Presiding judge Alphons Orie asked Eekhof to explain his conclusions about the length of time that Stanisic would be able to follow proceedings via the video link.



“When talking about his health, he cannot hold normal conversations [for] more than an hour,” said Eekhof.



Eekhof also said that Stanisic was unable to sit up for more than ten minutes at a time due to his back pain. However, he confirmed that this problem was “improving slowly” and that Stanisic was “getting more mobile”.



Eekhof also explained that Stanisic had twice refused physiotherapy treatment that could help his back.



“He has been lying so long that he needs to be more active in the long term,” he told Judge Alphons Orie, confirming that the defendant has said he does not want to receive physiotherapy.



“He has been transported to hospital but it is always quite a painful experience for him, which I do believe.”



Judge Orie asked if Eekhof’s conclusions about the level of pain experienced by Stanisic were based only on what the defendant told him.



“That’s what I have to rely on,” said Eekhof, pointing to the subjective nature of a patient’s pain.



When questioned further by prosecutor Dermot Groome, Eekhof confirmed that Stanisic was taking medication for the pain and that his assessment of his ability to sit up and follow proceedings was based on his condition following such treatment.



Although the court had not confirmed its trial schedule, the prosecution informed the chamber that it was ready to give their opening statement when called upon to do so.



“The opening statement is prepared. We are ready to give that whenever [the chamber decides on a date],” Groome told the court.



However, he requested that the court give them two weeks’ notice to finalise arrangements to bring witnesses to The Hague.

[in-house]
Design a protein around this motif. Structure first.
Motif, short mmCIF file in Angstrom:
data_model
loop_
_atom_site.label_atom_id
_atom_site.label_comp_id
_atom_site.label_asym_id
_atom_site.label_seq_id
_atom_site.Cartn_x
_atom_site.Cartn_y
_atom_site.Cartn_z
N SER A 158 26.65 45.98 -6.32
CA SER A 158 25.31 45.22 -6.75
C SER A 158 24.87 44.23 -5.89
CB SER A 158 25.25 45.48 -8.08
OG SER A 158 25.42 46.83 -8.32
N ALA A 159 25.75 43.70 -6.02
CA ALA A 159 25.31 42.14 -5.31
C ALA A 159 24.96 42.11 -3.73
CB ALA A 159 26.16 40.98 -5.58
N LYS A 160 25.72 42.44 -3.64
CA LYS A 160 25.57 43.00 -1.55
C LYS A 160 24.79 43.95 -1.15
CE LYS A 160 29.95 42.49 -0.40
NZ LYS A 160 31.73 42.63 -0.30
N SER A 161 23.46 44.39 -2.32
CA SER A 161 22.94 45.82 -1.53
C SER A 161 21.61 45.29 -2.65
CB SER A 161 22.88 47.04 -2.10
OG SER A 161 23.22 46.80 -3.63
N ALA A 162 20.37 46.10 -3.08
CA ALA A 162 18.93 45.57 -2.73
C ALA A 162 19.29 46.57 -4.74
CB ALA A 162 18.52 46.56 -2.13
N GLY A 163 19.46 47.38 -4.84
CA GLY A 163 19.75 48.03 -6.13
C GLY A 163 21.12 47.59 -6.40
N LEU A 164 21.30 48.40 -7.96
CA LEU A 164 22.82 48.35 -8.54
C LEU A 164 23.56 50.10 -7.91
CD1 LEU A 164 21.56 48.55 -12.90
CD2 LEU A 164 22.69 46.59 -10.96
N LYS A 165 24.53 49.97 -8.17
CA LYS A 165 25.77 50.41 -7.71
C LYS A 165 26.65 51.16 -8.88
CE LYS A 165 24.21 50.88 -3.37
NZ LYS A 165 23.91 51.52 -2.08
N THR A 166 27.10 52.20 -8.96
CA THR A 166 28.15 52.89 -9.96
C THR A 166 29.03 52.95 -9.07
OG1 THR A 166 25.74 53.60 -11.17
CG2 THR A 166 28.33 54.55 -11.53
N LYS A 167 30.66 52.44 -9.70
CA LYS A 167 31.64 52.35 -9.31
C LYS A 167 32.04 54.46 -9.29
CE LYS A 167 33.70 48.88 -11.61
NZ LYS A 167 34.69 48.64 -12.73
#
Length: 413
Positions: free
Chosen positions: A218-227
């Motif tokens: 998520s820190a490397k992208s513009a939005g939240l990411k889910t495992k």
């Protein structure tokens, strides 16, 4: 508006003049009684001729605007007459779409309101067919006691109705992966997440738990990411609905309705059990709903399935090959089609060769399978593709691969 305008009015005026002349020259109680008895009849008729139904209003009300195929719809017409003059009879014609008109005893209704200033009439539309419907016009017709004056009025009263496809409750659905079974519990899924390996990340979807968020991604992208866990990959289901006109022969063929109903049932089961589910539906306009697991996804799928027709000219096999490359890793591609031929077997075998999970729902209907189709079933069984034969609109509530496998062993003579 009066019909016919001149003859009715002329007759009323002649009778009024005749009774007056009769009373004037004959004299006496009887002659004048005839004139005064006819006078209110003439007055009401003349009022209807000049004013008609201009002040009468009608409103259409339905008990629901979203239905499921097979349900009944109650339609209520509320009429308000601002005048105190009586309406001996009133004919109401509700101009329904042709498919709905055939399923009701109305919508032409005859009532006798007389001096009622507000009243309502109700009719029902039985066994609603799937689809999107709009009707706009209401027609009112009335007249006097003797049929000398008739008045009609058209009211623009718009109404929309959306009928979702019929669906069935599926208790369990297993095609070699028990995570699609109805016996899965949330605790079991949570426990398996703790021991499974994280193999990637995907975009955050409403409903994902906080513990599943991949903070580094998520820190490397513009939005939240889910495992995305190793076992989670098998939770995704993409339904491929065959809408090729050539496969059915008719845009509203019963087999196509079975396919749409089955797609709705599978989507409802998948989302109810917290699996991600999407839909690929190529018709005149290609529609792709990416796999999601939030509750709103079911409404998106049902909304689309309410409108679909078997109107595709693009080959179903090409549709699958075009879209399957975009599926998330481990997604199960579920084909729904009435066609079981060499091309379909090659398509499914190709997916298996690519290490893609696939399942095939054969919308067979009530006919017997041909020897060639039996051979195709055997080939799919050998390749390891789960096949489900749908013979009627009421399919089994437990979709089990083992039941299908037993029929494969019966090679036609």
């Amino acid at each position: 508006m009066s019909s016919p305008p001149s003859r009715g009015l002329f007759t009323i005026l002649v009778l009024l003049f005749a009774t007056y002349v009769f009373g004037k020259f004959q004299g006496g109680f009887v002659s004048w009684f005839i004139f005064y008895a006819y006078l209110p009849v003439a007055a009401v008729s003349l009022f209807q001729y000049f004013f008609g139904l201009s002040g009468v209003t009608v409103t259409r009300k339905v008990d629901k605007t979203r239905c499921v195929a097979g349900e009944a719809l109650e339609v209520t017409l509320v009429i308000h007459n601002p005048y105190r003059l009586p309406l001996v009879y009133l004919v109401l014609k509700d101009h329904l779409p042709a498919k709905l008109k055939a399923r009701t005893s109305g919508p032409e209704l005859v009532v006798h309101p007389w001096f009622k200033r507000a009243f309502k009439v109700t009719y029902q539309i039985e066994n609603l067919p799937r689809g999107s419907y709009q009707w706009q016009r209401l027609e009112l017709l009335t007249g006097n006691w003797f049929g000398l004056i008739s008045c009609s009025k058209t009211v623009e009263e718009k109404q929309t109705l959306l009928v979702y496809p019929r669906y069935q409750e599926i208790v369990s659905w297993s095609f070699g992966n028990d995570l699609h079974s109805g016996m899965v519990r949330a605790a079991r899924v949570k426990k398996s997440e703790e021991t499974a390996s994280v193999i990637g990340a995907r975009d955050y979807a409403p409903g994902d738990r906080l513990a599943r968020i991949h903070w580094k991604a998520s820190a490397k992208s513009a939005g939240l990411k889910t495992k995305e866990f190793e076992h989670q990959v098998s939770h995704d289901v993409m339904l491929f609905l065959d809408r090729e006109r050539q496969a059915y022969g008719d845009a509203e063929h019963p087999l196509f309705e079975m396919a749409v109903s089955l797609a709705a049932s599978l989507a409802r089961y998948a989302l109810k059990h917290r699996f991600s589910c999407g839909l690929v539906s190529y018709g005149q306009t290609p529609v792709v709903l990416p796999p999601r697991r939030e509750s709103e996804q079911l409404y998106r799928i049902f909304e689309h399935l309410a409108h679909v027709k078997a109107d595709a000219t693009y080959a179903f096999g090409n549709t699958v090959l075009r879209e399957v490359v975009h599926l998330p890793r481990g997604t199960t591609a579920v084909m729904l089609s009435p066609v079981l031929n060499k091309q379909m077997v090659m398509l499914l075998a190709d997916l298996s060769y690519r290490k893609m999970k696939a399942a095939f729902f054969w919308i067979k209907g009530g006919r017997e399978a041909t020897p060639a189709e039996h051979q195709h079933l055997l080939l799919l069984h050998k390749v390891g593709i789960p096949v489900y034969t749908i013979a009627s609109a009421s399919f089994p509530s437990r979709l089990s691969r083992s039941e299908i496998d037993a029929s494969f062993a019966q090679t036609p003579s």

Judges also delivered a ruling this week allowing prosecutors to bring additional evidence to the trial which came into their hands earlier this year.



The evidence includes a notebook which, noted Judge Orie, appears to belong to the Bosnian Serb military commander, Ratko Mladic. Mladic is still on the run 14 years after he was charged at the tribunal with masterminding some of the most horrific acts of the war, including the 1995 Srebrenica genocide when almost 8,000 Muslim men and boys were massacred.



According to prosecutors, the notebook contains entries that refer to Stanisic’s “attendance at certain meetings between January 27, 1995, and September 5, 1995, all relating to military operations of the Yugoslav Army ,VJ, and the Bosnian Serb Army, VRS, in Bosnia-Hercegovina in 1995”.



They said the notebook was seized during a raid – authorised by the war crimes court in Belgrade – on the house of Mladic’s wife, Bosiljka Mladic, on December 4, 2008.



Other evidence brought in included documents seized from Serbia’s ministry of foreign affairs in June 2008. Prosecutors say that these “provide important background information [to]… the legal and factual situation in terms of the various special units operating during the war in Croatia and in [Bosnia]”.



The prosecution will also be allowed to submit a transcript of intercepted communication between Stanisic and ex-Bosnian Serb president Radovan Karadzic.



It contends that this “provides clear evidence of the close relationship and coordination” between Karadzic and Stanisic.



Karadzic himself is currently in custody in The Hague awaiting trial on war crimes charges which include two counts of genocide.



A combat report which prosecutors say relates to Stanisic’s role and that of the Serbian interior ministry, MUP, in the conflict in Bosnia has also been added to their case.



The defence argued that producing the evidence at such a late stage would deny them the opportunity to mount a defence.



However, judges ruled that prosecutors could present the evidence at trial though not within the first six weeks of hearings in order to allow Stanisic’s lawyers enough time to conduct their own research around the documents.



Simon Jennings is an IWPR reporter in The Hague.